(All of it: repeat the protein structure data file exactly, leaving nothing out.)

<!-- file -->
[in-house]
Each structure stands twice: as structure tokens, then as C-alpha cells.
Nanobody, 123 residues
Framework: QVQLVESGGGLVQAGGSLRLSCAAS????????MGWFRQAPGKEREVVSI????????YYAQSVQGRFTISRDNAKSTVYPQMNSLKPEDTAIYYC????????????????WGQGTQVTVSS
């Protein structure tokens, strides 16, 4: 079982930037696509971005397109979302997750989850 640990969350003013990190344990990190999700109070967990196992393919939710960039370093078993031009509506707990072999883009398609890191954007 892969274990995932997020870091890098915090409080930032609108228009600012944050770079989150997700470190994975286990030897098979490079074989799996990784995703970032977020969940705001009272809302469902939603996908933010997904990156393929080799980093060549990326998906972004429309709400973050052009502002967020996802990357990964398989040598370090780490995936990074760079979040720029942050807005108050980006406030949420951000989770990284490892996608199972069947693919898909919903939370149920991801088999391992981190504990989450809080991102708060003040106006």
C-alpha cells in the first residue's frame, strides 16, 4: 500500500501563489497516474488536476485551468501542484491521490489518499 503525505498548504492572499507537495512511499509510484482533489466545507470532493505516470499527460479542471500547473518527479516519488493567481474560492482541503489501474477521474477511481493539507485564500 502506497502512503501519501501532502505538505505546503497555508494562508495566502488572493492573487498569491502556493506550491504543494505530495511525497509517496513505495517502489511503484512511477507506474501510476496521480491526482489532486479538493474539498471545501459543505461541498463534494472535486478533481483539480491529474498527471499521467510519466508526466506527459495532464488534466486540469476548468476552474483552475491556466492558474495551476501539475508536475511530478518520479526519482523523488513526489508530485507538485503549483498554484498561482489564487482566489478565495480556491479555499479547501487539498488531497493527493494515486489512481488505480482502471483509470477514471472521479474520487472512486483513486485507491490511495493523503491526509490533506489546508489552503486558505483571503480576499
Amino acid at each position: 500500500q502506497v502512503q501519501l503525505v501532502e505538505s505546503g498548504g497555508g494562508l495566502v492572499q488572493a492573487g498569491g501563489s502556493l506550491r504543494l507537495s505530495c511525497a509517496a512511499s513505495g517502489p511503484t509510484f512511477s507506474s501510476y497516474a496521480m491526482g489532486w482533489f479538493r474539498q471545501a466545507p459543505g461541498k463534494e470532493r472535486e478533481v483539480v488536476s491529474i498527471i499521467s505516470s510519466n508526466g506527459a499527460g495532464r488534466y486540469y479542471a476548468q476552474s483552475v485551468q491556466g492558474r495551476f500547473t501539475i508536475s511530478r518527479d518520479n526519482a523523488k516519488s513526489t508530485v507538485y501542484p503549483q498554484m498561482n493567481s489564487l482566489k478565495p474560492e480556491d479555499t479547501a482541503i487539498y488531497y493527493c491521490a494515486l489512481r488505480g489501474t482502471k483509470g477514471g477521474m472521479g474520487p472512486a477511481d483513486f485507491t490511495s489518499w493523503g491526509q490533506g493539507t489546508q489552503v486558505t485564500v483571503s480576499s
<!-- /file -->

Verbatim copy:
[in-house]
Each structure stands twice: as structure tokens, then as C-alpha cells.
Nanobody, 123 residues
Framework: QVQLVESGGGLVQAGGSLRLSCAAS????????MGWFRQAPGKEREVVSI????????YYAQSVQGRFTISRDNAKSTVYPQMNSLKPEDTAIYYC????????????????WGQGTQVTVSS
């Protein structure tokens, strides 16, 4: 079982930037696509971005397109979302997750989850 640990969350003013990190344990990190999700109070967990196992393919939710960039370093078993031009509506707990072999883009398609890191954007 892969274990995932997020870091890098915090409080930032609108228009600012944050770079989150997700470190994975286990030897098979490079074989799996990784995703970032977020969940705001009272809302469902939603996908933010997904990156393929080799980093060549990326998906972004429309709400973050052009502002967020996802990357990964398989040598370090780490995936990074760079979040720029942050807005108050980006406030949420951000989770990284490892996608199972069947693919898909919903939370149920991801088999391992981190504990989450809080991102708060003040106006």
C-alpha cells in the first residue's frame, strides 16, 4: 500500500501563489497516474488536476485551468501542484491521490489518499 503525505498548504492572499507537495512511499509510484482533489466545507470532493505516470499527460479542471500547473518527479516519488493567481474560492482541503489501474477521474477511481493539507485564500 502506497502512503501519501501532502505538505505546503497555508494562508495566502488572493492573487498569491502556493506550491504543494505530495511525497509517496513505495517502489511503484512511477507506474501510476496521480491526482489532486479538493474539498471545501459543505461541498463534494472535486478533481483539480491529474498527471499521467510519466508526466506527459495532464488534466486540469476548468476552474483552475491556466492558474495551476501539475508536475511530478518520479526519482523523488513526489508530485507538485503549483498554484498561482489564487482566489478565495480556491479555499479547501487539498488531497493527493494515486489512481488505480482502471483509470477514471472521479474520487472512486483513486485507491490511495493523503491526509490533506489546508489552503486558505483571503480576499
Amino acid at each position: 500500500q502506497v502512503q501519501l503525505v501532502e505538505s505546503g498548504g497555508g494562508l495566502v492572499q488572493a492573487g498569491g501563489s502556493l506550491r504543494l507537495s505530495c511525497a509517496a512511499s513505495g517502489p511503484t509510484f512511477s507506474s501510476y497516474a496521480m491526482g489532486w482533489f479538493r474539498q471545501a466545507p459543505g461541498k463534494e470532493r472535486e478533481v483539480v488536476s491529474i498527471i499521467s505516470s510519466n508526466g506527459a499527460g495532464r488534466y486540469y479542471a476548468q476552474s483552475v485551468q491556466g492558474r495551476f500547473t501539475i508536475s511530478r518527479d518520479n526519482a523523488k516519488s513526489t508530485v507538485y501542484p503549483q498554484m498561482n493567481s489564487l482566489k478565495p474560492e480556491d479555499t479547501a482541503i487539498y488531497y493527493c491521490a494515486l489512481r488505480g489501474t482502471k483509470g477514471g477521474m472521479g474520487p472512486a477511481d483513486f485507491t490511495s489518499w493523503g491526509q490533506g493539507t489546508q489552503v486558505t485564500v483571503s480576499s